In this article we will discuss about the production of various amino acids by microorganisms. Learn about:- 1. Microbial Production of Amino Acids 2. Amino Acid Production by Microorganisms 3. Amino Acid Production Processes 4. Production of Essential Amino Acids 5. Production of Amino Acids by Fermentation 6. Amino Acid Production.
L-Tryptophan and Other Aromatic Amino Acids:
Microbial production of L-tryptophan using precursors has been reviewed by Terui (1972). With Hansenula anomala, L-tryptophan production from anthranilic acid reached 5.7 g per liter. By feeding anthranilic acid to a derepressed anthranilic acid auxotroph of Bacillus subtilis, 5.5 g of L- tryptophan per liter was produced from 5 g of anthranilic acid per liter. Candida utilis (synonym Torulopsis utilis) 295-t produced 6.4 g of L-tryptophan per liter from 4.2 g of anthranilic acid per liter in 36 hr.
By feeding indole, a 5-methyltryptophan-resistant mutant of B. subtilis ATCC 21336 produced 10.4 g of L-tryptophan per liter in 96 hr with a medium containing 7% glucose. A strain carrying an F Try-episome in addition to the chromosomal try operon was obtained by sexduction from a feedback-resistant and derepressed mutant of E. coli K12 which is resistant to 5-methyltryptophan (5-MT) and 5-fluorotryptophan (5-FT). This strain produced 5 g of L- tryptophan per liter by feeding indole (1.5 g per liter) and L-serine (7 g per liter).
Tryptophanase, which catalyzes synthesis of L-tryptophan by reversal of the α, β-elimination reaction at rates similar to the forward reaction, was utilized for production of l-tryptophan and related compounds such as 5-hydroxytryptophan.
The culture broth of Proteus rettgeri (AJ 2770), was used as the enzyme for the reaction. For the synthesis of L-tryptophan, a reaction mixture contained 6.0 g of indole in 10 ml of methanol, 8.0 g of sodium pyruvate, 8.0 g of ammonium acetate, 0.001 g of pyridoxal phosphate, 0.1 g of Na2S04, and 100 ml of the cultured broth in a total volume of 120 ml.
After the pH value of the mixture was adjusted to 8.8 with 6 N KOH, it was incubated at 34°C for 48 hr. Under these conditions, 7.5 g of L-tryptophan were synthesized. Similarly, 5-hydroxy-L-tryptophan was synthesized from 5-hydroxyindole, pyruvate, and ammonia.
The preceding methods using precursors are pot advantageous since the precursor compounds are expensive at present. Recently, direct production of L-tryptophan from carbohydrate by fermentation has been developed to the practical level.
Figure 17.12 shows the genealogy of L-tryptophan-producing mutants of Corynebacterium glutamicum. Mutants producing a large amount of L-tryptophan were derived from a phenylalanine and tyrosine double auxotroph of C. glutamicum KY 9456 which produced only a trace amount of L-tryptophan and anthranilate.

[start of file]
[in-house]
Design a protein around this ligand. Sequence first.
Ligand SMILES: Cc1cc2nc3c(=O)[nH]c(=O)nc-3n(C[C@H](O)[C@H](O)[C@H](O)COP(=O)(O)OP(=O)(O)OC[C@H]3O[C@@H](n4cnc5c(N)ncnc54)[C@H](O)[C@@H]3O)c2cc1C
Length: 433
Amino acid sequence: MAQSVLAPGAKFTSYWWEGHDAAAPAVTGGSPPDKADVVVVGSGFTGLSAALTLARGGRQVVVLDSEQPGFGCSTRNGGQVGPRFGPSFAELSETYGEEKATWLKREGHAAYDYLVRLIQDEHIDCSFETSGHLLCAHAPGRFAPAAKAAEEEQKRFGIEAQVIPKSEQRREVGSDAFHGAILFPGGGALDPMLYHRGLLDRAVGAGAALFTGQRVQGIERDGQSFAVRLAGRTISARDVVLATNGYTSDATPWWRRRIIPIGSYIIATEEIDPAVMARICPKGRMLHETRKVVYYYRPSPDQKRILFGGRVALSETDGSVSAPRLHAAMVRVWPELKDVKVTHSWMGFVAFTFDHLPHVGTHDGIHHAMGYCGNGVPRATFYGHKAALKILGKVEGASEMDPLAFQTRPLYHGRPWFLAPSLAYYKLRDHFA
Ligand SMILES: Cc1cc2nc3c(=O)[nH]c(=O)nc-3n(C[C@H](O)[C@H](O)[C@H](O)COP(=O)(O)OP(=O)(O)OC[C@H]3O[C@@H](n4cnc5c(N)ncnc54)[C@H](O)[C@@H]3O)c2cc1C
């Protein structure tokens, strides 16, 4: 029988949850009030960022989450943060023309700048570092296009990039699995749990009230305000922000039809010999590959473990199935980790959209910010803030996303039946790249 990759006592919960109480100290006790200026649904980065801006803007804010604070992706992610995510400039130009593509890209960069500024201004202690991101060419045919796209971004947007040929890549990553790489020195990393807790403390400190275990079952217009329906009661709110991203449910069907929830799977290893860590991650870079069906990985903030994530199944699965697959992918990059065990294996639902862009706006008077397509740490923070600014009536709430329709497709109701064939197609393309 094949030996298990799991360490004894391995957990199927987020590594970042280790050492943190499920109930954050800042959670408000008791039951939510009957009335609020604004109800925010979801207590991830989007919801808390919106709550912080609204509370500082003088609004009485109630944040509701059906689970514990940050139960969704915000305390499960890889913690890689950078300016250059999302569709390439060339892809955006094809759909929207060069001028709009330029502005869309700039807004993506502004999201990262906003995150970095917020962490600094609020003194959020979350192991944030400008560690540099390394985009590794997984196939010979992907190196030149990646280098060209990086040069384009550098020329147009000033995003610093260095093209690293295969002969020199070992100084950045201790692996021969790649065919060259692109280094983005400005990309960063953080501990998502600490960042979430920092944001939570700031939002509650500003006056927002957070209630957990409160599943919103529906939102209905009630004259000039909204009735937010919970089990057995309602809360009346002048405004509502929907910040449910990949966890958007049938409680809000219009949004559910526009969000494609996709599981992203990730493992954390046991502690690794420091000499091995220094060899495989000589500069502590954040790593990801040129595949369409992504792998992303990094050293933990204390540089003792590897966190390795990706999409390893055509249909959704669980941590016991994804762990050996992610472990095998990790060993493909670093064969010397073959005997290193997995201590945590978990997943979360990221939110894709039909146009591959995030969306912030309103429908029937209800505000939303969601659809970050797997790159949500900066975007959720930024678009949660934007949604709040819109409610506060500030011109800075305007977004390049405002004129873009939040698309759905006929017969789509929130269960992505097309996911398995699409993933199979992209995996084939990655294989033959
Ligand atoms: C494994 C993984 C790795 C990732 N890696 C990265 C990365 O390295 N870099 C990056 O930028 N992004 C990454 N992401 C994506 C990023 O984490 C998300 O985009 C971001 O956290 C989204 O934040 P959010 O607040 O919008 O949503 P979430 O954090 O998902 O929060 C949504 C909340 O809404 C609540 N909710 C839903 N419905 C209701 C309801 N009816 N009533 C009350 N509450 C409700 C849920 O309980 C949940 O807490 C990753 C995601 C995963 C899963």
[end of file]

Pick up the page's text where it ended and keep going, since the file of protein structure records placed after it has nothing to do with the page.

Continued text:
A mutant (4MT- 11), which stepwise acquired resistance to 5-MT, tryptophan hydroxamate (TrpHx), 6-fluorotryptophan (6-FTF), and 4-methyltryptophan (4-MT), produced L-tryptophan to a concentration of 4.9 g per liter in a cane molasses medium containing 10% reducing sugar as invert. L-Tryptophan production with this mutant was inhibited by L-phenylalanine and L-tyrosine.
Accordingly, mutants resistant to phenylalanine and tyrosine analogs such as p-fluorophenylalanine (PFP), p-aminophenylalanine (PAP), tyrosine hydroxamate (TyrHx), and phenylalanine hydroxamate (PheHx), were derived from this mutant. One of the mutants thus obtained (Px-115-97) produced 12 g of L-tryptophan per liter in the molasses medium.
The medium used had the following composition- 10% reducing sugars as invert (as cane molasses), 0.05% KH2PO4, 0.05% K2HPO4, 0.025% MgSO4.7H2O, 2% (NH4)2SO4, 1% corn-steep liquor, 2% CaCO3 (pH 7.2). Production of L- tryptophan with the mutant was still sensitive to L-phenylalanine and L-tyrosine. Hence, further genetic improvement of the strain may be possible.
A 5-FT-resistant mutant derived from B. subtilis produced 4 g of L-typtophan and L-phenylalanine per liter. A leucine auxotroph derived from the mutant produced 6.15 g of L-tryptophan per liter a medium containing 300 μg of L-leucine per ml. Suppressor prototrophic revertants from No. 149 rec histidine auxotroph of B. subtilis produced L-tryptophan in the medium. Elimination of rec mutation from the gene using genetic transformation resulted in an increase in tryptophan productivity by 60%. This strain produced 5-6 g of L-tryptophan per liter.
A 5-FT-resistant histidine auxotrophic mutant of Brevibacterium flavum produced 2.4 g of L-tryptophan per liter. Production was increased to 3.8 g per liter using an m-fluorophenylalanine (MFP) resistant mutant derived from the 5-MT resistant one. A phenylalanine auxotrophic mutant from the latter mutant produced 6.2 g of L-tryptophan.